Background: Several birth characteristics are associated with high mortality risk: very young or old mothers, short birth intervals and high birth order. One justification for family planning programs is the health benefits associated with better spacing and timing of births. This study examines the extent to which the prevalence of these risk factors changes as a country transitions from high to low fertility.
Methods: We use data from 194 national surveys to examine both cross section and within-country variation in these risk factors as they relate to the total fertility rate.
Results: Declines in the total fertility rate are associated with large declines in the proportion of high order births, those to mothers over the age of 34 and those with multiple risk factors; as well as to increasing proportions of first order births. There is little change in the proportion of births with short birth intervals except in sub-Saharan Africa. The use of family planning is strongly associated with fertility declines.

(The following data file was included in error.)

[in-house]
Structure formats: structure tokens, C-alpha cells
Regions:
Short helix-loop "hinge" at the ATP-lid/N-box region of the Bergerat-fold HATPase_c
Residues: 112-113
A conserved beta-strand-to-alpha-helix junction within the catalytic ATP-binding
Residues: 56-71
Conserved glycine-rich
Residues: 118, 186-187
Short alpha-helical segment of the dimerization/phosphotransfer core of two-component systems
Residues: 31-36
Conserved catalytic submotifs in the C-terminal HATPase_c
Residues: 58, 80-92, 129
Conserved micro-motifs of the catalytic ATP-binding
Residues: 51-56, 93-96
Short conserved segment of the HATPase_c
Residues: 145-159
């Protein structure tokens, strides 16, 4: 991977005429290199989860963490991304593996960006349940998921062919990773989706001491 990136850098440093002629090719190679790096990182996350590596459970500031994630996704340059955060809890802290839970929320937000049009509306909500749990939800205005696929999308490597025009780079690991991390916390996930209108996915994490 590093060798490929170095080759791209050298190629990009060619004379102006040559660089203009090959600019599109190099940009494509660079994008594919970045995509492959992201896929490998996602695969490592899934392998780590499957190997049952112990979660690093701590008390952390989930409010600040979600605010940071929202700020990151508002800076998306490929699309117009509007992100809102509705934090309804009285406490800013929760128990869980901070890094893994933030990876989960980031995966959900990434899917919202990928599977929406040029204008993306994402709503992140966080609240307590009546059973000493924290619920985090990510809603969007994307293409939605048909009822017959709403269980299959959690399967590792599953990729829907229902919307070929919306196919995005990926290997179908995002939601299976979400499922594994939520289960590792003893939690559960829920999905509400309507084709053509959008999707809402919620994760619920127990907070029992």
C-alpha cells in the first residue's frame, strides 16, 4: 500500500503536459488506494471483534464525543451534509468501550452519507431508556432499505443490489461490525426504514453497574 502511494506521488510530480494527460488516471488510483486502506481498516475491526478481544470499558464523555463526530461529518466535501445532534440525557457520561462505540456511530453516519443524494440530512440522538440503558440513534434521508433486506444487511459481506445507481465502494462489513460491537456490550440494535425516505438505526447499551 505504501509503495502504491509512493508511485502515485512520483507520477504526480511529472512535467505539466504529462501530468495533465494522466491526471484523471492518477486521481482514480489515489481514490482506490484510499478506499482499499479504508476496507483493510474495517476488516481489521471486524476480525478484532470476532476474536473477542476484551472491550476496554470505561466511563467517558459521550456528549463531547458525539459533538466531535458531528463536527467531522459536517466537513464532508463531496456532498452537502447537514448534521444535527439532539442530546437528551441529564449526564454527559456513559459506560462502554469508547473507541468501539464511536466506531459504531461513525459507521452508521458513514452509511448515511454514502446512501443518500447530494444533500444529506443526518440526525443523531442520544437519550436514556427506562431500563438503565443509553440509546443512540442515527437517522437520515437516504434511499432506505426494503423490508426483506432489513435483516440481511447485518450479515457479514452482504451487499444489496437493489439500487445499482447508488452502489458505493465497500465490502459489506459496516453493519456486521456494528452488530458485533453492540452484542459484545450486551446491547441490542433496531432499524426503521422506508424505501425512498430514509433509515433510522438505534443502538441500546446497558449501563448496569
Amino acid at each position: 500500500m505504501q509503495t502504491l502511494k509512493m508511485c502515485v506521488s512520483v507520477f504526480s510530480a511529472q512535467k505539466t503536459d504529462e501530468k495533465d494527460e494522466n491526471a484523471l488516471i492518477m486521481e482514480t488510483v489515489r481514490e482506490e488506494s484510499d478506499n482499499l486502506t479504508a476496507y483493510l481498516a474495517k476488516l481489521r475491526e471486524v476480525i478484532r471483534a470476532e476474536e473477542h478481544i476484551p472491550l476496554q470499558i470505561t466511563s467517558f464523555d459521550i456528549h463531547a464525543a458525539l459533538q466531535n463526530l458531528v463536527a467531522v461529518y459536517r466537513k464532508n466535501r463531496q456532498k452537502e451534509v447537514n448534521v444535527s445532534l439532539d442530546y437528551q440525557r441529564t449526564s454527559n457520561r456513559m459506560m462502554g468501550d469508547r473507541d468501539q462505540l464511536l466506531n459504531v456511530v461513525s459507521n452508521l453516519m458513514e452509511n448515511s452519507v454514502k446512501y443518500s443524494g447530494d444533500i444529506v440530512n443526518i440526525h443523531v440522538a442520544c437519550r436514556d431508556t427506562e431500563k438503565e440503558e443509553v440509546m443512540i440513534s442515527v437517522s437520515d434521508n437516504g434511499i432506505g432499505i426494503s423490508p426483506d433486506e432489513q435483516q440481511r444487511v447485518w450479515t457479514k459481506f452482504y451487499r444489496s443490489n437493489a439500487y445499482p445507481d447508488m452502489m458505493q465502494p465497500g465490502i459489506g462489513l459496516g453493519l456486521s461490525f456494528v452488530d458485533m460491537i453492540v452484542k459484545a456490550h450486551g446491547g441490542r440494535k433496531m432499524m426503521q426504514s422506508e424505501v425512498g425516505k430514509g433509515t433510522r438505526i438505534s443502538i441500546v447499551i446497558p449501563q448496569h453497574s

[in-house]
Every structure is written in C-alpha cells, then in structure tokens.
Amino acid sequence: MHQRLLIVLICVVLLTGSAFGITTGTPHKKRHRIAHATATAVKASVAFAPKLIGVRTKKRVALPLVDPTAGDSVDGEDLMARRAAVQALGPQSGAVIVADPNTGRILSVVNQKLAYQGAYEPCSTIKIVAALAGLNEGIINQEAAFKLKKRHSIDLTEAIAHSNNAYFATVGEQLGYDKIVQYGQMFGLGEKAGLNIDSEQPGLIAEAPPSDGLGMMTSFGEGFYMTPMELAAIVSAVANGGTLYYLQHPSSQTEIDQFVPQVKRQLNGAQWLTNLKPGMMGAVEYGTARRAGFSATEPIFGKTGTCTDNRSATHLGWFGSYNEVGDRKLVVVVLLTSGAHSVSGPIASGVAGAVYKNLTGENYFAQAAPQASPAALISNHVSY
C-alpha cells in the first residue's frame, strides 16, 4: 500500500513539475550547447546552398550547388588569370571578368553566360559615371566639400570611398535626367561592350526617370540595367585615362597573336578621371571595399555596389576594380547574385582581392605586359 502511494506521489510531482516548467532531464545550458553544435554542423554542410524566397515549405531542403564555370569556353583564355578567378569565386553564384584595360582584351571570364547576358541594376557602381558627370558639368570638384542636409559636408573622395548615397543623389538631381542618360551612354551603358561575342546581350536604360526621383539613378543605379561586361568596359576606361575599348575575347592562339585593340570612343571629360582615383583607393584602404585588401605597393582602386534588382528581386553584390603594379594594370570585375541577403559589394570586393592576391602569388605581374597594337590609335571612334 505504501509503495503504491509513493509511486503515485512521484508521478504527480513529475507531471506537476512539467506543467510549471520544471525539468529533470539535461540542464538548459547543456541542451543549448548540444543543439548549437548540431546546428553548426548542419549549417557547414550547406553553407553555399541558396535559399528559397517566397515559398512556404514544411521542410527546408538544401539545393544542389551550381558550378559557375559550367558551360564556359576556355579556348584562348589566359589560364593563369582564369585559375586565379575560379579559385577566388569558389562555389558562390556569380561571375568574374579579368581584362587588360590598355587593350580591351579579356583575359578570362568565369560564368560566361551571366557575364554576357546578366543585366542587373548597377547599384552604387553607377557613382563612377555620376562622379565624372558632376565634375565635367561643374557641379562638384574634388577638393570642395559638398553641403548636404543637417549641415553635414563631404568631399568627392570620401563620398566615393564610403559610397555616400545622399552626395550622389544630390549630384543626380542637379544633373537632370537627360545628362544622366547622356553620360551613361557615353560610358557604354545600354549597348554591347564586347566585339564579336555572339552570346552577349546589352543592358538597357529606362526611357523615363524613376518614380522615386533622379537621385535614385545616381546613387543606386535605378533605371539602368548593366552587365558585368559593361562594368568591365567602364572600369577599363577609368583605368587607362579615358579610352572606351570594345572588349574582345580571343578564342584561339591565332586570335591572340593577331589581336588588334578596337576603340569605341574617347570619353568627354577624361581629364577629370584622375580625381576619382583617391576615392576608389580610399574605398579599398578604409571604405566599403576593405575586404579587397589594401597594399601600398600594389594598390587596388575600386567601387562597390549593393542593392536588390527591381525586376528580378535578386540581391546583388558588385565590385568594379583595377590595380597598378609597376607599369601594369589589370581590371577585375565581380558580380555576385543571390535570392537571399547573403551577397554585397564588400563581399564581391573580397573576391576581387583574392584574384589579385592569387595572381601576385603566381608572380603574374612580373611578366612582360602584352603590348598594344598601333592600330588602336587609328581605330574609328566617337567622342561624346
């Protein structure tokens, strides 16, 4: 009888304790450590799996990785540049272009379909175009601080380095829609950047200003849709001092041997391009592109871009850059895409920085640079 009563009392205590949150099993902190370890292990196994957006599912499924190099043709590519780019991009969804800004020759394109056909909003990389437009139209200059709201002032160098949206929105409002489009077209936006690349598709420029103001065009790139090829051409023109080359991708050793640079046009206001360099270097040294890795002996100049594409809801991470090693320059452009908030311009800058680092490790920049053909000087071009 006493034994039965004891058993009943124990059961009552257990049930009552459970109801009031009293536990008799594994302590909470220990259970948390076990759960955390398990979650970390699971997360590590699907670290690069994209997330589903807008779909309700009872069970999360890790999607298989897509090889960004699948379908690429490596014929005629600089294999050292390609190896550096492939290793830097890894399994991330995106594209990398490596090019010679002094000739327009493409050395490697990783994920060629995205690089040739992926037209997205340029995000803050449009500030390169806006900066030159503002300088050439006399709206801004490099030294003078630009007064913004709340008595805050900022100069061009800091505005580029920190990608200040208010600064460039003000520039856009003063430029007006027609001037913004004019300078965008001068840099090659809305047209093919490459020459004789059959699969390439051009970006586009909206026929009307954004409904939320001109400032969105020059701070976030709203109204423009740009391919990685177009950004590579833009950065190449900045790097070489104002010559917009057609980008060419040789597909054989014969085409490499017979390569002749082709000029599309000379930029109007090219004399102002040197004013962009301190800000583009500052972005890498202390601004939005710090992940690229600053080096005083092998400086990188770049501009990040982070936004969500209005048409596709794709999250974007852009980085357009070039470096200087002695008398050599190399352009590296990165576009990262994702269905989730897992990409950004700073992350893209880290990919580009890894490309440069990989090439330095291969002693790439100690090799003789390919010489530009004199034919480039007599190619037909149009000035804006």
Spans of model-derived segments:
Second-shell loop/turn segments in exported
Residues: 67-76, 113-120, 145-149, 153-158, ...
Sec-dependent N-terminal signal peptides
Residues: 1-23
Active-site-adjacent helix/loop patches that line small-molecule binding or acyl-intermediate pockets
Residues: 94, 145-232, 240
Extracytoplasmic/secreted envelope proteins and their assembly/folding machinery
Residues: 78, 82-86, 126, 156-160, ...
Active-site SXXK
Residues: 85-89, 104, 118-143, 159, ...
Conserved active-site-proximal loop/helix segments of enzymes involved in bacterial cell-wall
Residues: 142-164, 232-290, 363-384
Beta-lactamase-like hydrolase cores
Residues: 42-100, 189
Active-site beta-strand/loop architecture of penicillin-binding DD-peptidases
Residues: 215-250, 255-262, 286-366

Conclusions: The proportion of second and higher order births with demographic risk factors declines substantially as fertility declines. This creates a potential for reducing child mortality rates. Some of the reduction comes from modifying the birth interval distribution or by bringing maternal age at the time of birth into the 'safe' range of 18-35 years, and some comes from the actual elimination of births that would have a high mortality risk (high parity births).